I’ve ridden Banked Slalom courses all over the world including at Mt Baker and Jackson Hole – and I have to say that the Gunbarrel is definitely the most challenging course I’ve ever ridden. Sometimes it’s enjoyable and sometimes it’s a wild ride. There’s no shaping required, the course gets naturally ridden in and then we tidy it up the berms later on – it can be treacherous but it’s always fun!
In my opinion, the reason why Banked Slaloms are so great is the spirit of inclusion – Olympians and pros ride the same course as 7-year-old girls – is the Gunbarrel Banked Slalom the same?
Absolutely. Banked Slaloms in general are so reflective of true snowboard culture. At Hotham, kids grow up riding Gunbarrel from a young age – almost like kids in Hawaii grow up surfing big waves. When the event comes around, they’re fairly used to the precariousness of the run and can deal with the course really well. It’s funny, sometimes the kids often ride better than some of the older riders because they fit into the track easier! The event is really a celebration of snowboarding rather than a race – sure there’s some competitiveness but at the end of the day it’s about embracing what snowboarding is all about and that’s community and having fun.
What’s with Darts at Hotham?
Haha! It’s all part of the culture – it was massive in 87 when I started and I have no idea how far it dates back. It unites the staff and is a real Hotham community institution, and a good excuse to drink beers.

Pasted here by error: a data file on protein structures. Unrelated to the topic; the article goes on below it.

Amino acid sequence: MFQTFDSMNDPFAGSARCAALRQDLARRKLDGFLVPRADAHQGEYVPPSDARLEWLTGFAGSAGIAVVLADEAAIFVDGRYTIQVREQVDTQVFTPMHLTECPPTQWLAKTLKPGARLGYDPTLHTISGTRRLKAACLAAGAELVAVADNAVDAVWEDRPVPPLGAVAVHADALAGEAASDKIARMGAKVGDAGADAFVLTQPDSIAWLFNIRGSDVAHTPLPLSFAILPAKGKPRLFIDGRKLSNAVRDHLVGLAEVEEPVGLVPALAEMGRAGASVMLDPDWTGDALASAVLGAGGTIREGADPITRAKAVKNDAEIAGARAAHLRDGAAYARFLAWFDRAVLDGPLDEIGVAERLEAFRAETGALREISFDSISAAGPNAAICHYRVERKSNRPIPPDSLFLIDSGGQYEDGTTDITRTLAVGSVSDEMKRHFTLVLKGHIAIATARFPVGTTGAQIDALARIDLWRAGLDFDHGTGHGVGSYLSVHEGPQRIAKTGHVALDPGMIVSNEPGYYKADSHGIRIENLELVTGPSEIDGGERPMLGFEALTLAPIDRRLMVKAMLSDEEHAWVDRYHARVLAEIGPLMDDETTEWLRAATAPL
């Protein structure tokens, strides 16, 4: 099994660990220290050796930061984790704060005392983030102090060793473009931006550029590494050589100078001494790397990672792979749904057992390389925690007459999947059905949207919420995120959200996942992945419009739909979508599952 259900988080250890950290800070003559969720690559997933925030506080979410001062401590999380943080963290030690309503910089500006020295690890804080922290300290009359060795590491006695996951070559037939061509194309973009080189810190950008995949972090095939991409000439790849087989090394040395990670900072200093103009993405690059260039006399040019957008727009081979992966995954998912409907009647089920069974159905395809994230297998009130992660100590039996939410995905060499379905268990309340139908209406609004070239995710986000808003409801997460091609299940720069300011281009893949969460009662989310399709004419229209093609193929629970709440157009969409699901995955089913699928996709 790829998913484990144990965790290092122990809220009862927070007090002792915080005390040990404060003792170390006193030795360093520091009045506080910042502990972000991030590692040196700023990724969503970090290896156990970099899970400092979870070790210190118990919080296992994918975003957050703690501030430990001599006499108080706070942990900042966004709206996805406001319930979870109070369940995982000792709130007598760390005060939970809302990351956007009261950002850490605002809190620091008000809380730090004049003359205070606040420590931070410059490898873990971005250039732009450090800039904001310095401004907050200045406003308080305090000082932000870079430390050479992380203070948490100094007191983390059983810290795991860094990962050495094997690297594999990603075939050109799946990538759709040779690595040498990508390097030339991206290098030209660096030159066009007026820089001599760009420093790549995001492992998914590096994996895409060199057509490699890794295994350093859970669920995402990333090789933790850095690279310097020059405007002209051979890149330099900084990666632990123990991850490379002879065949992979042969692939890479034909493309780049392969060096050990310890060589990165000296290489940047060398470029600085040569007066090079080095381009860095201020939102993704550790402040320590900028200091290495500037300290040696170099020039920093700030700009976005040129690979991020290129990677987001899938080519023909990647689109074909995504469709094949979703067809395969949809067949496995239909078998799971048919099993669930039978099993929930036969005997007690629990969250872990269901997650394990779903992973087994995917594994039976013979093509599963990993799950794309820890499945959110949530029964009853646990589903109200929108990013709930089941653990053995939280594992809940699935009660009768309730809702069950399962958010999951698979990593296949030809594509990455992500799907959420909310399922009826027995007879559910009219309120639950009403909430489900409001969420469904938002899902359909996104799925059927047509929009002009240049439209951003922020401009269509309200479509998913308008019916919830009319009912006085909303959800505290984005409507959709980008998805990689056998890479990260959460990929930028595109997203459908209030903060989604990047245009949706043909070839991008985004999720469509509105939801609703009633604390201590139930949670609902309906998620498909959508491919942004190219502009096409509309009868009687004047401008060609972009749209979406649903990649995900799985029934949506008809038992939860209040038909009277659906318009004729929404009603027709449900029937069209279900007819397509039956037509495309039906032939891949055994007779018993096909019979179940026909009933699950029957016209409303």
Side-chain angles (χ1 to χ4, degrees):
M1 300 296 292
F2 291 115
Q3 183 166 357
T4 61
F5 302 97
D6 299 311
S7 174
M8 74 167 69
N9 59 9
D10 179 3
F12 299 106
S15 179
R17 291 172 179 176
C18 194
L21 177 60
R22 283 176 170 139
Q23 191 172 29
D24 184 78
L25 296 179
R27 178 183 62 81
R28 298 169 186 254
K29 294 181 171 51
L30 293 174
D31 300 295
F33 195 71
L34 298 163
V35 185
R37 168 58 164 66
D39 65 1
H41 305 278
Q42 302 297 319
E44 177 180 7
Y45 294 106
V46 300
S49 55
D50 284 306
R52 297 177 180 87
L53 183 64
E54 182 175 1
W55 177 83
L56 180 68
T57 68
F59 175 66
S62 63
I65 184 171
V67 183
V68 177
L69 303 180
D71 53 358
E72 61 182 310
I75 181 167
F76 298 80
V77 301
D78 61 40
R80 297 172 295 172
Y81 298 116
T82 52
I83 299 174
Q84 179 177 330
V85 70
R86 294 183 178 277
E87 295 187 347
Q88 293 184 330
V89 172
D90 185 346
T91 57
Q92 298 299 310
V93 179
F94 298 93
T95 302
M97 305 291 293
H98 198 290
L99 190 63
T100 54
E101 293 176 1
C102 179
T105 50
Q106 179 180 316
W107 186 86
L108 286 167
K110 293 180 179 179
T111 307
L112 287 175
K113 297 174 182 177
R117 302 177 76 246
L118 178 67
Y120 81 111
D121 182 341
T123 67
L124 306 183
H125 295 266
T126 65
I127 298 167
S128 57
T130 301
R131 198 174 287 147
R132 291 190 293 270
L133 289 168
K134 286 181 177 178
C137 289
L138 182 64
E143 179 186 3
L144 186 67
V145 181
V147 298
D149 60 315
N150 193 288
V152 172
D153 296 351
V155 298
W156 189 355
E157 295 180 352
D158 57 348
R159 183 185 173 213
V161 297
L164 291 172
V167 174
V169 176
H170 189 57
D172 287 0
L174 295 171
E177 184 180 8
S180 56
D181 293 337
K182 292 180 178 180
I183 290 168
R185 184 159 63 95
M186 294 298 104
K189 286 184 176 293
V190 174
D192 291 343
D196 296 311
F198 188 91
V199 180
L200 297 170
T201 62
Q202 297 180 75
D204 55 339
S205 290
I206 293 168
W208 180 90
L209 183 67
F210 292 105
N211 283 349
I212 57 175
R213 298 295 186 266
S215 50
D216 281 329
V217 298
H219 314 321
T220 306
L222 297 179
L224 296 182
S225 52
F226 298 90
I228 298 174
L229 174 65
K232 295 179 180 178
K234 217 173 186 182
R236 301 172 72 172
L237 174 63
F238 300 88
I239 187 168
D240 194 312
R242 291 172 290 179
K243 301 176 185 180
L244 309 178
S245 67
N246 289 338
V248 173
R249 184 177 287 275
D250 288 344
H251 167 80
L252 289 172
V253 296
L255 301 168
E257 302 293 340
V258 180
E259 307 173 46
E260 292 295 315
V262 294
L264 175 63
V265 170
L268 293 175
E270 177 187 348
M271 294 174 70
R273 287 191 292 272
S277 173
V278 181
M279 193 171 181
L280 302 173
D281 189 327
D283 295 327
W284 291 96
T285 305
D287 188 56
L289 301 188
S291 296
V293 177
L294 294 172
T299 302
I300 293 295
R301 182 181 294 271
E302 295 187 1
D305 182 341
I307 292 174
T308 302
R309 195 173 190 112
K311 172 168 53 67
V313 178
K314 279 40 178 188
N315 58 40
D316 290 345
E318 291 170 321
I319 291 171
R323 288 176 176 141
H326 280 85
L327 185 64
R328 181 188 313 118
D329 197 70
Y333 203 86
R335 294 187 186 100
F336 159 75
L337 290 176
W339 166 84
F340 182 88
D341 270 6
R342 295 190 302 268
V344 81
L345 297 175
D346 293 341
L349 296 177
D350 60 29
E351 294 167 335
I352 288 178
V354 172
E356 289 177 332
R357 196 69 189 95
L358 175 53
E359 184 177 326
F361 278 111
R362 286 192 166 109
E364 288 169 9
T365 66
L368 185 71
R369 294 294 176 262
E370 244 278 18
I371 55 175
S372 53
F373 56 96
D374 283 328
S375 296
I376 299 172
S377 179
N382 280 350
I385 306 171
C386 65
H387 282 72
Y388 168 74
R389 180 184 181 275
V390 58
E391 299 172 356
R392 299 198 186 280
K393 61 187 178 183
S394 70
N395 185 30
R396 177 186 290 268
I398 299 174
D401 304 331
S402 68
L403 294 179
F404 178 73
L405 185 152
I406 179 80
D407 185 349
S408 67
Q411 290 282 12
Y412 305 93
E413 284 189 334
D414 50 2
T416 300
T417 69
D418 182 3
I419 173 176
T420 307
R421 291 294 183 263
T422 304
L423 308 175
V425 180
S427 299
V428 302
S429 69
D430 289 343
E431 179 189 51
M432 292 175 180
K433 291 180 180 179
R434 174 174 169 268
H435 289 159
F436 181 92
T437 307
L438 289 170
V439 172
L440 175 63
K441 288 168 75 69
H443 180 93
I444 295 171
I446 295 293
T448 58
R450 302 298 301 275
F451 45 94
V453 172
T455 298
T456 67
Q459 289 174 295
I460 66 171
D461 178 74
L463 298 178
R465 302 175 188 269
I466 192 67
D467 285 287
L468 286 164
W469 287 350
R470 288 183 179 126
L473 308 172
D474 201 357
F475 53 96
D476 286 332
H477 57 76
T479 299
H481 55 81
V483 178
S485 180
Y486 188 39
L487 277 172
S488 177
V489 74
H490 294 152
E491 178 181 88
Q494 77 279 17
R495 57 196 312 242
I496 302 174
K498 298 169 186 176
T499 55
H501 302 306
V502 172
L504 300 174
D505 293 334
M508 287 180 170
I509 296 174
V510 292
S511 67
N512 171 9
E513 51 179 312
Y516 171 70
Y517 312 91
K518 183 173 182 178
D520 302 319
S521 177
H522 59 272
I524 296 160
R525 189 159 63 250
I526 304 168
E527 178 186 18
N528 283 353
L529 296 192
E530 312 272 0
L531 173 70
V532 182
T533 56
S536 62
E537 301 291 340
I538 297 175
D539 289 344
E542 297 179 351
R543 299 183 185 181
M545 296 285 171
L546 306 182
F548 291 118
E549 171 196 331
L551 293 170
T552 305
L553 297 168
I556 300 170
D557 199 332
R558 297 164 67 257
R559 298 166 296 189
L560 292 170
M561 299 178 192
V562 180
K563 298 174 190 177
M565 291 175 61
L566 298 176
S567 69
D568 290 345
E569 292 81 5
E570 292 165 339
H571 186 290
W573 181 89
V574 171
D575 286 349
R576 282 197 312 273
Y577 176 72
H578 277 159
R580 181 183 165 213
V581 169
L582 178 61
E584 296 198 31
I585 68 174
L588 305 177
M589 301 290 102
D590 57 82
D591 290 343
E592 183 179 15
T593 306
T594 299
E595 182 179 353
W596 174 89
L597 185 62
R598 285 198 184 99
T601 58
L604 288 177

Hotham was home to many great riders over the years, including Chumpy (RIP) who was passionate about growing junior snowboarding. Is junior snowboarding being encouraged in the club?
Definitely. I think building junior snowboarding Is currently the biggest focus of the club. Back when the club started in 88, most of the members lived on the hill but these days with accommodation on hill being so difficult, a lot of the members live and interact with the club off hill. From that, the member base has changed, and we’re now into second and third generations of members, where we want the next generation to chart the future direction of the club. We have a solid pipeline of kids including James Garth, Milo Botterill and Zephyr Whitelaw-Holmes who are headed to the World Juniors in NZ – they all cut their teeth at Mt Hotham.
And what do the kids want?
They would love more pros from overseas come out to ride with us! That and learn how to film and edit for Instagram along with more events. It’s all work in progress coming out of the backside of Covid.
Thank you to Gary Wall from the Hotham Boardriders Club for his insights.
The Hotham Boardriders recognise and respect that the mountains they migrate to, play in and ride on, always was and always will be Aboriginal land acknowledging the Gunaikurnai, Taungurung and Dhudhuora Nations as the Traditional custodians of the mountains on which they gather.